Never has a game been so aptly titled. Barely has the world settled down and stopped wibbling over the software phenomenon that was Lemmings, than Psygnosis release further 100 levels. New traps, new layouts, new strategies. And again, the world puts on a blue jumpsuit and goes "Wibble".
Well, to get this out of the way, this is not Lemmings 2. Not in any way, shape or form. No no Nanette. It's merely another 100 levels for the original. There's no new lemming skills, no new sprites or anything like that. It's only to keep you knee-deep in Lems until the proper Lemmings 2 and the Lemmings Construction Kit are ready. They just won't let it lie, will they?
Now I'm sorry about this next bit, but there's always the faint chance that there's someone out there who doesn't know what all this Lemmings palaver is about. So I'm going to have to explain it all again aren't I?
OK, you have to make sure that a certain number of lemmings make it from one end of the level to the other without falling foul of traps, pits and their own crass stupidity. You see, lemmings have slightly less intelligence than a small pile of mung beans. They're utter twonks.
You, the gorgeous gamesplayer, can help them overcome this natural intellectual bypass by endowing individual lems with special powers. These powers allow them to dig, climb, build bridges, block, float and explode. You will, however, only have a set number of powers that you can bestow per level. For instance, the way forward might seem obvious if you had some bridge builders, but the chances are you won't and you'll have to think your way around the problem. I know all of this is almost written in computer folklore, but some people seem to have spent the last few years hiding behind the sofa when it comes to games.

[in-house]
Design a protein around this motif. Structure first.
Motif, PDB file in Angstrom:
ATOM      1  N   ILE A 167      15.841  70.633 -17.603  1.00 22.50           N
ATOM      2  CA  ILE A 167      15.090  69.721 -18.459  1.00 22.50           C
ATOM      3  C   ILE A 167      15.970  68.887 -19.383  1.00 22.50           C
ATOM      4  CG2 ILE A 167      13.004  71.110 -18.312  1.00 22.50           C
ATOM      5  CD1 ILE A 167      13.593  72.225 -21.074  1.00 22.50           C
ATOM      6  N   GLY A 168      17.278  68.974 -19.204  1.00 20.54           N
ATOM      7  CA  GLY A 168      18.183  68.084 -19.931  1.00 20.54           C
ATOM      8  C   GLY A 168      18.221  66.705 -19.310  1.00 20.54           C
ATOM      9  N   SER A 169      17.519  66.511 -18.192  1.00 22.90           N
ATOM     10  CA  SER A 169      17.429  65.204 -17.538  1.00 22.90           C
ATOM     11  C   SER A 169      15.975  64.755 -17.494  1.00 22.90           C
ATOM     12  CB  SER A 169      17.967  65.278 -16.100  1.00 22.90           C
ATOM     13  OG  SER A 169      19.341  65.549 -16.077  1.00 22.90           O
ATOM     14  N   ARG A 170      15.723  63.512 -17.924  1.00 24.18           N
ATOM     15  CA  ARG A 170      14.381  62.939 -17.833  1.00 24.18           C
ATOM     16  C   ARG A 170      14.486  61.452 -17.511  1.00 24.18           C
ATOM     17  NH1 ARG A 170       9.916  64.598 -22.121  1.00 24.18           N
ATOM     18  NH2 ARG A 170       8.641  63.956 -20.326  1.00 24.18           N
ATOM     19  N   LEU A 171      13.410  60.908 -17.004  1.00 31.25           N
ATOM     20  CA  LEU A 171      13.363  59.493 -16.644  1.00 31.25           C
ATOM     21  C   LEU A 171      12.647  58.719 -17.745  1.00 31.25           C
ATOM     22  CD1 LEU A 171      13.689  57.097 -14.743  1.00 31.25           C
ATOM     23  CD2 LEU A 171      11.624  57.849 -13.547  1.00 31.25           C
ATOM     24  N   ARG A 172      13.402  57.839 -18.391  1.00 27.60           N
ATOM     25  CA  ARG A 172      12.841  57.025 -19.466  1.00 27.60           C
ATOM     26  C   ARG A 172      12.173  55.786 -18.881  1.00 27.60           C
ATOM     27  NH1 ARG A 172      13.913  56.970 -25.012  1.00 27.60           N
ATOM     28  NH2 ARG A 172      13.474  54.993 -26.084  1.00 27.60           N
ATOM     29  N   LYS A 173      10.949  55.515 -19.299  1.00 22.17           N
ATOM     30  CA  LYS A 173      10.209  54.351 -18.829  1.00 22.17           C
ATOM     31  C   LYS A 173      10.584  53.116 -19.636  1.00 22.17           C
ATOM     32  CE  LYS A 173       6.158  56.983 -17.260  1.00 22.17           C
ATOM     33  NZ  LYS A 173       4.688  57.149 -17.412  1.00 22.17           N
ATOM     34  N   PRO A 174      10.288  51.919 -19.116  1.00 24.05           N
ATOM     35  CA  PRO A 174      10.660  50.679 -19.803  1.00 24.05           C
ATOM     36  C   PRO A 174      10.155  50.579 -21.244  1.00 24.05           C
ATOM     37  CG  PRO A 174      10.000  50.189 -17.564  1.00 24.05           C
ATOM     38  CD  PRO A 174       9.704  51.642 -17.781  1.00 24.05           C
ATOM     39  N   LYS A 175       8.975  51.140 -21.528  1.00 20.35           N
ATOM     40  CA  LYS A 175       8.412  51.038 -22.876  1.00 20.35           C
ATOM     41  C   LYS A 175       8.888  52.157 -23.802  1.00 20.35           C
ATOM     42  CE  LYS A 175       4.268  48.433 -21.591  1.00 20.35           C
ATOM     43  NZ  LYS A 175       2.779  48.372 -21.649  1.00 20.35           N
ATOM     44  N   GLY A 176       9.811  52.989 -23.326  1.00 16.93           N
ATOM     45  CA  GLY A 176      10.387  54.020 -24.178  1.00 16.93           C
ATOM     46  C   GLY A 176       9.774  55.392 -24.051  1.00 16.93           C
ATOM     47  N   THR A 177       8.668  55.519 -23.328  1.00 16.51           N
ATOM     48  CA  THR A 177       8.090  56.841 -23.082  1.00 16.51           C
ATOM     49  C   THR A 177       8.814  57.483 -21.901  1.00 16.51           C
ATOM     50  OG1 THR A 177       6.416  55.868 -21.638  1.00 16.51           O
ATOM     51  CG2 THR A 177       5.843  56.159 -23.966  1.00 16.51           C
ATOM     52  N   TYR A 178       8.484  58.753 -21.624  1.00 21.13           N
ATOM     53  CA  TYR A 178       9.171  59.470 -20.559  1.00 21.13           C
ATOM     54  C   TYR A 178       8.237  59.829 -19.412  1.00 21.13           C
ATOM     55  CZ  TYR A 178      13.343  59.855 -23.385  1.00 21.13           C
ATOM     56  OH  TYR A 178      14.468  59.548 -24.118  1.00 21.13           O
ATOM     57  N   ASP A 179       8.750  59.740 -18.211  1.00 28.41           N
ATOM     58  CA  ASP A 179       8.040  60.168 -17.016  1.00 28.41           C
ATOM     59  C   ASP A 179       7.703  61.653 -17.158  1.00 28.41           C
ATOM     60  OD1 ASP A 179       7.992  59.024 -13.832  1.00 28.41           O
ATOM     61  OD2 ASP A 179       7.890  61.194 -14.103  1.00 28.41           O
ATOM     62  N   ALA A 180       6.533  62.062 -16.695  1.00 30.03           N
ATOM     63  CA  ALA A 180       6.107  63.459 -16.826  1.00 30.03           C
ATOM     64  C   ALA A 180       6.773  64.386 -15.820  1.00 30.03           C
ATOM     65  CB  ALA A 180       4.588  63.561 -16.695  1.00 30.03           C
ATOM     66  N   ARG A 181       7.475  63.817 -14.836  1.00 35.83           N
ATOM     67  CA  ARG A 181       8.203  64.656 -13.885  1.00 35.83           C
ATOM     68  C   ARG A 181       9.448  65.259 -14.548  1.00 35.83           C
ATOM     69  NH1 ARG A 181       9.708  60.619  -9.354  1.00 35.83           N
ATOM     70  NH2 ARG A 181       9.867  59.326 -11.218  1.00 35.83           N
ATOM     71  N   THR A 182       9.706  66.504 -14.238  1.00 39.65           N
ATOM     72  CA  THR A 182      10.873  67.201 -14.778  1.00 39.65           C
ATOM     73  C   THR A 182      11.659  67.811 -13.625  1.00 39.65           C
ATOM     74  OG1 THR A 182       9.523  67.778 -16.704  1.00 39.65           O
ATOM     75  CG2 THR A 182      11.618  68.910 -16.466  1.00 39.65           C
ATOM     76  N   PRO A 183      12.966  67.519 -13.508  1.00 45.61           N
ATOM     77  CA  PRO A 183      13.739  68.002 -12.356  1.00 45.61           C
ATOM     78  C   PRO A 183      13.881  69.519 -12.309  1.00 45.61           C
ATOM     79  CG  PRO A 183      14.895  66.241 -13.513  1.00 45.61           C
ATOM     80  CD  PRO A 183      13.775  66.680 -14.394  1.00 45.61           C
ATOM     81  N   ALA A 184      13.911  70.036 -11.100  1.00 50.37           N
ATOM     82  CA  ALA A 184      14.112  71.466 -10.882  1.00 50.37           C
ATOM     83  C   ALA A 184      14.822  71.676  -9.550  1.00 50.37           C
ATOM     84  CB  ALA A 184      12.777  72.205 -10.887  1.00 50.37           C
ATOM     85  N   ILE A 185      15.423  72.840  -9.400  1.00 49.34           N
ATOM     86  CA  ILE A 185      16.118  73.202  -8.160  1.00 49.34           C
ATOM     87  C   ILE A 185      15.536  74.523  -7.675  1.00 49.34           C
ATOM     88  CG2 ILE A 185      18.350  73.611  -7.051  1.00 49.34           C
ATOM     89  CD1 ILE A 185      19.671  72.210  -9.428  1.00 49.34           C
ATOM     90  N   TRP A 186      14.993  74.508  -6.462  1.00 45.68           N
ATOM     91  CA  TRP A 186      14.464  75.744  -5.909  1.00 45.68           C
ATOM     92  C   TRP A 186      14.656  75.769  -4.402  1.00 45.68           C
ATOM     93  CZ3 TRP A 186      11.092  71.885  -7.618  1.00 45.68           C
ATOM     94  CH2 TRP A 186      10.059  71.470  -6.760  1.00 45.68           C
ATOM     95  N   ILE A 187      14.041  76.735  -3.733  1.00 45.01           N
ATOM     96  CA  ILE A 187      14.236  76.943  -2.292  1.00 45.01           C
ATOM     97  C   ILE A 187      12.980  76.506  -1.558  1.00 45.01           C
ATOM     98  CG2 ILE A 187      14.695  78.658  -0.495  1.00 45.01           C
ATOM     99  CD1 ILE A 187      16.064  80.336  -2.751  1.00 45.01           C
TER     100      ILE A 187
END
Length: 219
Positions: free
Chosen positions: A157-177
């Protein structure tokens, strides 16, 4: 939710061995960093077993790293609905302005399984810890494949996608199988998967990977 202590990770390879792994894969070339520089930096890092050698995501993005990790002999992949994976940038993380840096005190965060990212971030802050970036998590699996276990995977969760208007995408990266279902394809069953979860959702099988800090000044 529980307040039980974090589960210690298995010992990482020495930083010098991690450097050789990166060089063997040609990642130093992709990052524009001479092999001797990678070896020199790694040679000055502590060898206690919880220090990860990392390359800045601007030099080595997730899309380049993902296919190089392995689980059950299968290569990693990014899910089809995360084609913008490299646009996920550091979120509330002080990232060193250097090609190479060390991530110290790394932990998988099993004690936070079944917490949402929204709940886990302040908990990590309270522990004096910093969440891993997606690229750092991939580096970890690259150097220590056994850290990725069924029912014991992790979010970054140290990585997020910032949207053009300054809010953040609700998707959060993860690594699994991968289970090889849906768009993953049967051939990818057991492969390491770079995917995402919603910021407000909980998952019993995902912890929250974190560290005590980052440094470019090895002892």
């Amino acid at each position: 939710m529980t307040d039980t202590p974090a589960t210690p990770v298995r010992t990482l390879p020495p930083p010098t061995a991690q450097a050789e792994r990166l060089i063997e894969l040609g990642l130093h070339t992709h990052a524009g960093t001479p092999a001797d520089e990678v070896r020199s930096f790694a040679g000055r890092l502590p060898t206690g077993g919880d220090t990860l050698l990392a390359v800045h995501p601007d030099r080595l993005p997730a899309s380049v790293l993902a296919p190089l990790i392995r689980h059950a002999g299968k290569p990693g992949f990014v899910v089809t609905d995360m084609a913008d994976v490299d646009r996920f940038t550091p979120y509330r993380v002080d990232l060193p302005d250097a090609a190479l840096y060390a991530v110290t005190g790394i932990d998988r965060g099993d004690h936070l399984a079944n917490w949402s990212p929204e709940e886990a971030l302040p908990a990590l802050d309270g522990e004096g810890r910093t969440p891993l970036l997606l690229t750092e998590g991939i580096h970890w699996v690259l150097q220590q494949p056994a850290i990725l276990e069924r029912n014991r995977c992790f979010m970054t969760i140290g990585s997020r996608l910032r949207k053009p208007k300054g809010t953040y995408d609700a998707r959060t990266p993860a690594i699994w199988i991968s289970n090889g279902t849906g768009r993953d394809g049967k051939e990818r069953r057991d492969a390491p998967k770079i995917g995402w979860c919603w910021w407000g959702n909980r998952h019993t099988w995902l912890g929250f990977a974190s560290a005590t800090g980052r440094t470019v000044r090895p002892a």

So, these new levels. What are they like? Well, they're good. It's a bit like finding out that they've just made a whole new series of The A Team. More of the same, but just what you were waiting for anyway.
We were a bit stuck to begin with as we were having trouble getting past the Tame levels (it's not "Fun" anymore, it's "Tame"), but then out of the blue came a letter from Robert Phelps in Stroud. Good ol' Bob had sent us all 100 level codes. Staggering, or what? The flamin' thing hadn't been on sale five minutes and he'd done the lot! A right smarty boots and no mistake! So, thanks to Robert we were able to have a good look at any level we wanted. And they're all cracking.
The Tame levels are, as you can guess, fairly tame. Yes, I had trouble with them but then I never was any good at the original. These levels can be breezed through by yer average Lemmings supremo, and so they're best for people who've bought the standalone version and don't know what they're doing yet.
After that, things get harder and some of the levels are destined to go down in history as complete bar stewards of our time. The Superlemming level, for instance, looks really easy but the timing needed is phenomenal. Scary stuff. And the others pose similar seemingly impossible tasks that kept us from the pub for many lunchtimes. Well, almost. There's not much else to say, really. If you're a Lemmings fan then this is just the thing to keep you awake until God knows when, and if you've never played Lemmings then you've got two options. Either buy the original and this as a data disk, or just buy these 100 levels as a standalone version.
My only reservation is that the price is perhaps a bit much for a data disk, but I guess Lemmings addicts will go to any expense for more of those green haired japesters.
A worthwhile addition.